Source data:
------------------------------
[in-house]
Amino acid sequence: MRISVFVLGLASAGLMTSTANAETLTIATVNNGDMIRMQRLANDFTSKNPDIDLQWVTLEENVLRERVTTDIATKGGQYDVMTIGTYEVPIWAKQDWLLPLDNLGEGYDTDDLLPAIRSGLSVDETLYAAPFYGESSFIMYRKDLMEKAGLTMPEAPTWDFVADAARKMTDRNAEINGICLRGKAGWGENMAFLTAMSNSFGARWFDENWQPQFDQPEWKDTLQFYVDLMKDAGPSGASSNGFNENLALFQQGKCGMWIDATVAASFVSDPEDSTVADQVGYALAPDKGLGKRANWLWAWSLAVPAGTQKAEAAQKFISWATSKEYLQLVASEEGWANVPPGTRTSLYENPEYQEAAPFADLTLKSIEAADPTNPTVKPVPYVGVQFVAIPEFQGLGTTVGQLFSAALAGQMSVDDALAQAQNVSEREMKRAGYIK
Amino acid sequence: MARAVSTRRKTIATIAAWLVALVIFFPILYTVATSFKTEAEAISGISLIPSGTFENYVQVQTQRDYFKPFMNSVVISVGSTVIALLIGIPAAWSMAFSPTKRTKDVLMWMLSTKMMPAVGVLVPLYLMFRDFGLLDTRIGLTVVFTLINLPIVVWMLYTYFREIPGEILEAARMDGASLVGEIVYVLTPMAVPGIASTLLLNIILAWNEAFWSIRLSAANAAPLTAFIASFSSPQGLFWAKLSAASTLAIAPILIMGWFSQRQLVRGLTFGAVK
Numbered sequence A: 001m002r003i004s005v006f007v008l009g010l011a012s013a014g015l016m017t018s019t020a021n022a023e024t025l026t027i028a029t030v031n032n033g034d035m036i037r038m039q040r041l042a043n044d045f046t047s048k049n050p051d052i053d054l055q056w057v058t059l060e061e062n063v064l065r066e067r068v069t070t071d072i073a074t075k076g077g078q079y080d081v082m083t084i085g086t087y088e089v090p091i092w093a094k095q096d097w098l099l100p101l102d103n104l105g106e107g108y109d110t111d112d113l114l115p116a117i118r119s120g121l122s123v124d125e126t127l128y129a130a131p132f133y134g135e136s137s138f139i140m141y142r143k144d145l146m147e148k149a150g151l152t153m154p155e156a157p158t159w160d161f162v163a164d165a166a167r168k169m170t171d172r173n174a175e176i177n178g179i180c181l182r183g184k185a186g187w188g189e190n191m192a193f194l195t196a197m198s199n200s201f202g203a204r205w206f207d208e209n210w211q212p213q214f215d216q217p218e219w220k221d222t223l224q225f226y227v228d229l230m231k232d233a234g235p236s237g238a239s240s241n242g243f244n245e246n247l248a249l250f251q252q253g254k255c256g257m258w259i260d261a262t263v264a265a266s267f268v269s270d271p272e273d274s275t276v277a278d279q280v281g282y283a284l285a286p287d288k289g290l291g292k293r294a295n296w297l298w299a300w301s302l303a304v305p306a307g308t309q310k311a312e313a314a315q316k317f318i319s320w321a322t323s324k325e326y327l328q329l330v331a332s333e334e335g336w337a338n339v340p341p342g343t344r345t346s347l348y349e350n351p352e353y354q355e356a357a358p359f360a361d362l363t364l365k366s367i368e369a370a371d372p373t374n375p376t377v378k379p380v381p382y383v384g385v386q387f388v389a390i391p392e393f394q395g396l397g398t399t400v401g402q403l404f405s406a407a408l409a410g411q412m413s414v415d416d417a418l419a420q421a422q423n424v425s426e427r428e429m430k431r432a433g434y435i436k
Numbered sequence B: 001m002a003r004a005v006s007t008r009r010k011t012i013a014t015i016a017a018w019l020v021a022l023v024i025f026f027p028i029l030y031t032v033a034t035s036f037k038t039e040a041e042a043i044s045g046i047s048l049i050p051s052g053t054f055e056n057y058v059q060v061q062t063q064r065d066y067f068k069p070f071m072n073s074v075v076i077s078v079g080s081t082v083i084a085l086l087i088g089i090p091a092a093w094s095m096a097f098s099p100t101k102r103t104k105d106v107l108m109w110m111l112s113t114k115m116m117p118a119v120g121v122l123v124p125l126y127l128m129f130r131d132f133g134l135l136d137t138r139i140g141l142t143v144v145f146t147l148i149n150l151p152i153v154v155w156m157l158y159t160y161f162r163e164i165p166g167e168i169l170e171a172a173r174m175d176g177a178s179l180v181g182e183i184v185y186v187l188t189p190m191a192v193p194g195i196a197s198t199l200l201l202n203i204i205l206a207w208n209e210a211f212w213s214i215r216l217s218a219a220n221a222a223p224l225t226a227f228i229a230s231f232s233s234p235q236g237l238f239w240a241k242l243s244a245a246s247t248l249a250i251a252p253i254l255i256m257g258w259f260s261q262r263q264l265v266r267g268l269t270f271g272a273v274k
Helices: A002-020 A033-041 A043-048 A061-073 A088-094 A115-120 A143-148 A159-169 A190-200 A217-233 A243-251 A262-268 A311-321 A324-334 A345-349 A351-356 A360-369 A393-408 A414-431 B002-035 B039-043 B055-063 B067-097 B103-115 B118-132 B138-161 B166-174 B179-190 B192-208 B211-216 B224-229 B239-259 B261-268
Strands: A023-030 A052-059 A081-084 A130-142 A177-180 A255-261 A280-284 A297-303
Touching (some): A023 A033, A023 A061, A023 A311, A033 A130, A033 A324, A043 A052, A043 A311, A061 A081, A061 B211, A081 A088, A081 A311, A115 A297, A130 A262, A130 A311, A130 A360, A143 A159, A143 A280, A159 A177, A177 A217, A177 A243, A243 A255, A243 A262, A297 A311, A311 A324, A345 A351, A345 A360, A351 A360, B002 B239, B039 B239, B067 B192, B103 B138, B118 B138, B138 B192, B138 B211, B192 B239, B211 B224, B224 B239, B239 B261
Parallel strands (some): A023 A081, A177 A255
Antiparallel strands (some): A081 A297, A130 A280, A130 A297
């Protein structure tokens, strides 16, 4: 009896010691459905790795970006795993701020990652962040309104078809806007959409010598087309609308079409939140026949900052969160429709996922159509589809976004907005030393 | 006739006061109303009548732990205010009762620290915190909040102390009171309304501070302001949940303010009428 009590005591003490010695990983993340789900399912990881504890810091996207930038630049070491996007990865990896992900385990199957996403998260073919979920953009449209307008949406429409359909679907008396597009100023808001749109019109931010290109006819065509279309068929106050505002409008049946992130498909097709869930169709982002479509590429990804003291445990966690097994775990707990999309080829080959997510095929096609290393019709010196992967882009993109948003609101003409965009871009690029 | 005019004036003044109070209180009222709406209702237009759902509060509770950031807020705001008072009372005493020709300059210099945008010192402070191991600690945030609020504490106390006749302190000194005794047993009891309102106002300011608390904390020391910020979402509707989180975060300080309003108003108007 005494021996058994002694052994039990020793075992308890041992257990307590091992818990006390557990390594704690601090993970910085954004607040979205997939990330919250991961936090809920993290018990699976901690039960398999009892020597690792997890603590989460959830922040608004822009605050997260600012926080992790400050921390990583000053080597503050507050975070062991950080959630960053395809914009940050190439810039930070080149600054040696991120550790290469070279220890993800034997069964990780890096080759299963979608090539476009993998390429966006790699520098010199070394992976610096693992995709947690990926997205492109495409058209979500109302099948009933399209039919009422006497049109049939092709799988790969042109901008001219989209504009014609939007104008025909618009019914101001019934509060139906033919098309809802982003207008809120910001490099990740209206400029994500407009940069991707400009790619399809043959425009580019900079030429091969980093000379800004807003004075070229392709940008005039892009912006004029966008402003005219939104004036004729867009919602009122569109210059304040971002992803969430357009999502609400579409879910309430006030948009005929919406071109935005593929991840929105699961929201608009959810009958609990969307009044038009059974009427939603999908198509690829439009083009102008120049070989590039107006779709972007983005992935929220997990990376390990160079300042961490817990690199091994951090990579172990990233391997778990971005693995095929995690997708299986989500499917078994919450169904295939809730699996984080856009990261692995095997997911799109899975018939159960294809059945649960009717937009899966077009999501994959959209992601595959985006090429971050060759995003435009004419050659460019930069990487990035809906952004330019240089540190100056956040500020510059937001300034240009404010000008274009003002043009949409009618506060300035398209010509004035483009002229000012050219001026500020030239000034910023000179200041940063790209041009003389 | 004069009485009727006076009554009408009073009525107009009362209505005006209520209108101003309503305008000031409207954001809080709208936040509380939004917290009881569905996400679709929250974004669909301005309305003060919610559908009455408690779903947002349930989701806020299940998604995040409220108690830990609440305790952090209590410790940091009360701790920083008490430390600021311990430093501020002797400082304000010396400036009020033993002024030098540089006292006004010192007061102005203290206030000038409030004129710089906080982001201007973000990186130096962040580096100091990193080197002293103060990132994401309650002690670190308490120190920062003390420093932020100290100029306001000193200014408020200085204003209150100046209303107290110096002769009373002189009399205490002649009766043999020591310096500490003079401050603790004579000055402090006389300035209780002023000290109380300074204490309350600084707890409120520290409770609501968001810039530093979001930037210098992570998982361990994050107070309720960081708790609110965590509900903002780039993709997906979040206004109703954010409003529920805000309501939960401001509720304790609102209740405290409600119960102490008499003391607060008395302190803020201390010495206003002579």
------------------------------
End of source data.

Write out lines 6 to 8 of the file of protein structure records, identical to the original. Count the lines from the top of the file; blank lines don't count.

Helices: A002-020 A033-041 A043-048 A061-073 A088-094 A115-120 A143-148 A159-169 A190-200 A217-233 A243-251 A262-268 A311-321 A324-334 A345-349 A351-356 A360-369 A393-408 A414-431 B002-035 B039-043 B055-063 B067-097 B103-115 B118-132 B138-161 B166-174 B179-190 B192-208 B211-216 B224-229 B239-259 B261-268
Strands: A023-030 A052-059 A081-084 A130-142 A177-180 A255-261 A280-284 A297-303
Touching (some): A023 A033, A023 A061, A023 A311, A033 A130, A033 A324, A043 A052, A043 A311, A061 A081, A061 B211, A081 A088, A081 A311, A115 A297, A130 A262, A130 A311, A130 A360, A143 A159, A143 A280, A159 A177, A177 A217, A177 A243, A243 A255, A243 A262, A297 A311, A311 A324, A345 A351, A345 A360, A351 A360, B002 B239, B039 B239, B067 B192, B103 B138, B118 B138, B138 B192, B138 B211, B192 B239, B211 B224, B224 B239, B239 B261